Bolt is a legend…but could’ve done so much more for athletics

A look at the future of athletics post-Usain Bolt and what his lenient stance on drug cheats has done to the sport.

Usain Bolt could be the greatest athlete in the history of sport. A man so physically supreme it was as if he was hand-crafted for sprinting.

He has been titled as the man who single-handedly saved athletics and a role model for many morally as well as physically. One of the few ‘clean’ sprinters in the dark age of the sport.

He has such a wonderful, infectious personality. People all over the world have a united and unrivalled respect for his athletic prowess and cheeky persona.

What a platform he built for himself. The sponsors, the media, the fans… they lap it all up, fall silent for every word he utters and will oblige to whatever he preaches.

This man is, and has been, the poster boy of athletics for the last decade. This is a man with over 12 and a half million Instagram and Twitter followers. If he says something, people notice.

Stance on drugs

Competing in an age of drug cheats, not to mention state-sponsored doping programmes, he’d be the first to understand the importance of being a ‘clean’ athlete with the sport on the verge of a complete loss of credibility.

Athletics is in dire straits but Bolt was one of the few that could keep the sceptics quiet. He was the blood that kept the heart of athletics pumping.

In his position, Bolt, in my opinion, should’ve been far more vocal in his condemnation of drug cheats. Far too often he took a weak stance towards it.

Take, for example, his response to journalists after his bronze medal in the 100 metres at the IAAF World Athletics Championships this summer.

He was questioned why no athletes had run sub ten seconds in the 100 metres, hinting that without drugs it is now impossible to do so with stronger doping controls (with two-time convicted doper Justin Gatlin sitting next to Bolt, gold medal draped around his neck).

Bolt gave a defensive response – “I think everyone up here finds that very disrespectful. We work hard and Justin has done his time throughout the years and he’s proven himself over and over again and I’ve proven myself over and over again.

“For you to directly say something like that I take that disrespectfully because we’ve done so many great things throughout the years.”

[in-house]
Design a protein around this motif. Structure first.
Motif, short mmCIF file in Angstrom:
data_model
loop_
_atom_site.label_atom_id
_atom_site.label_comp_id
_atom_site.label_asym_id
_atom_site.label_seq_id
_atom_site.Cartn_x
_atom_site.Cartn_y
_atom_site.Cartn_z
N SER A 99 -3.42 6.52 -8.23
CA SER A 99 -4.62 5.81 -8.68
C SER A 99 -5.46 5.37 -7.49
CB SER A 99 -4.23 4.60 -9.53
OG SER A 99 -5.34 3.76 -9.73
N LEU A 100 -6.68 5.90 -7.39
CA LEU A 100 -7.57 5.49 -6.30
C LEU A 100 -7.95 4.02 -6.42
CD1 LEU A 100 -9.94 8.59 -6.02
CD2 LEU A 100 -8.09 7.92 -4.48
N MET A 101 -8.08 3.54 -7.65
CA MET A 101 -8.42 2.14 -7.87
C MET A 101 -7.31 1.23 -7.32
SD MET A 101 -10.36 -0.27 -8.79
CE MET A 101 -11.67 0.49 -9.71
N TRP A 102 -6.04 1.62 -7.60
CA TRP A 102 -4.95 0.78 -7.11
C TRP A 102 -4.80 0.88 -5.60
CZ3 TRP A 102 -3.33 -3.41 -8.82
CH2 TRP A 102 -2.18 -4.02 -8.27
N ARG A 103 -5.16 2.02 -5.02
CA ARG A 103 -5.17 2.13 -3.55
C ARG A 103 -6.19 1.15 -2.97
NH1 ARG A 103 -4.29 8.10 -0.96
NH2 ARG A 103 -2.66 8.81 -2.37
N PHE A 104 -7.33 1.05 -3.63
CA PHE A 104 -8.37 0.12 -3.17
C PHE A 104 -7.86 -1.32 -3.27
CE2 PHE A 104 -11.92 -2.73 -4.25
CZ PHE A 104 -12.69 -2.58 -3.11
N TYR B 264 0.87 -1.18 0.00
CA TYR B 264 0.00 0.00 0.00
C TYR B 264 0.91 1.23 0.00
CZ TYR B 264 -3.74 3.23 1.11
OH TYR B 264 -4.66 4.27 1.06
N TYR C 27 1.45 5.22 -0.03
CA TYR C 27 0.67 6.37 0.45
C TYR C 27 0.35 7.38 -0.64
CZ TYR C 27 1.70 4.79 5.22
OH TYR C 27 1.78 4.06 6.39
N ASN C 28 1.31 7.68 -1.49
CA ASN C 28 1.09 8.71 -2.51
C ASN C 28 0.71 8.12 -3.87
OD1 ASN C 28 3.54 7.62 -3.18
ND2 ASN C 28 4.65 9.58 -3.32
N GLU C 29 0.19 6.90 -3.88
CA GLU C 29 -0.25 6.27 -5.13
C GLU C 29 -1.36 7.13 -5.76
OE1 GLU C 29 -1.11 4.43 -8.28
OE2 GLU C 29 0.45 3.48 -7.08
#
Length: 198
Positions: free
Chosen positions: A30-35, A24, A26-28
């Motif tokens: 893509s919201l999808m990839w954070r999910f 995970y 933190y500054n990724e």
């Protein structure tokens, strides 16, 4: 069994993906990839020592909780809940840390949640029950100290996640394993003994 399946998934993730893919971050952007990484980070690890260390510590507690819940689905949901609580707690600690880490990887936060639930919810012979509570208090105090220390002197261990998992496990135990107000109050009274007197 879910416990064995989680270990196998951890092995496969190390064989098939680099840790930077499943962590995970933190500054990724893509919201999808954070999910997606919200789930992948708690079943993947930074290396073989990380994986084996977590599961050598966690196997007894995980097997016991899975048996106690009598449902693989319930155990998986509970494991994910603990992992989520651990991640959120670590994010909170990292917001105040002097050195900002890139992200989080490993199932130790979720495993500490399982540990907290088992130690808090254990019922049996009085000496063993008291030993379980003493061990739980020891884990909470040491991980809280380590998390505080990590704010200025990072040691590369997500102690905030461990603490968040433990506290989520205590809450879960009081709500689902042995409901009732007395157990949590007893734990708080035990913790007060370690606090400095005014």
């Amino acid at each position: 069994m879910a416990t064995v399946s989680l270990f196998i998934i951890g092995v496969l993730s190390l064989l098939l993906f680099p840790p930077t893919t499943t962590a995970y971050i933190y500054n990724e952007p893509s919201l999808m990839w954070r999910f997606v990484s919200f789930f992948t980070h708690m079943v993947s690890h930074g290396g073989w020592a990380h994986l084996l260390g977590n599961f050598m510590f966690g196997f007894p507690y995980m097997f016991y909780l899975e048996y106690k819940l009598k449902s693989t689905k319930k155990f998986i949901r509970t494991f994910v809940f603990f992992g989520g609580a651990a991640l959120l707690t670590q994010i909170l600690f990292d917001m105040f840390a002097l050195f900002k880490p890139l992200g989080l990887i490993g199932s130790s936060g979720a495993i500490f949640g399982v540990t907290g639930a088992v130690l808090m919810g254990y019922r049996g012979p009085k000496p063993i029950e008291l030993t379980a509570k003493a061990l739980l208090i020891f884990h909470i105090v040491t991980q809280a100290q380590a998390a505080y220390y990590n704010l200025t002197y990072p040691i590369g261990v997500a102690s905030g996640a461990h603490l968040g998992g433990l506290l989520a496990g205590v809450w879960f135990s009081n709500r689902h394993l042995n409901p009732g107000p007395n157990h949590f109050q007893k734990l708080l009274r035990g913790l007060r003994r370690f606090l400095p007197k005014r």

You can’t blame him for that. He’s a man of great integrity, certainly not a sore loser, and he’s hardly going to slate the man sitting right next to him in the public eye for his past misdemeanours.

However, what makes me incredibly uncomfortable is Bolt and numerous journalists laughing at the end of his response. As the man who has carried athletics through the ‘drug age’ and has seen the sport he loves being destroyed in front of him, I think his reaction was erring on the side of ignorant.

If more current athletes of Bolt’s stature had developed a hard-hitting no-nonsense stance on drug cheats, this could well be the fuel to help drive change in athletics. To change a culture so that even just a few more athletes think twice about cheating.

If he was the saviour of athletics that everyone hypes him up to be, why didn’t he take a tougher stance towards cheats in his career?

Let’s be honest, perhaps he didn’t want all the extra baggage of being this figure for change. And as such a marketable man, from a sponsors point of view, would they want their top client embroiling himself in such controversy? Probably not. So he’d be more than content just letting his sprinting do the talking.

Take a moment to stop reading this. Search on the internet ‘Usain Bolt condemns drug cheats’. You’ll see just two articles showing that.

For a man that built such a huge platform and earned so much respect he could’ve done so much more for the future of athletics. He has passively allowed the sport to be continually tainted, injection by injection, instead of being a leader of change that he could so easily have been.

His name will be remembered for a long time – I’ll be telling my grandchildren about him no doubt. But it just feels like another example of limp acceptance of a disease running rife in athletics.

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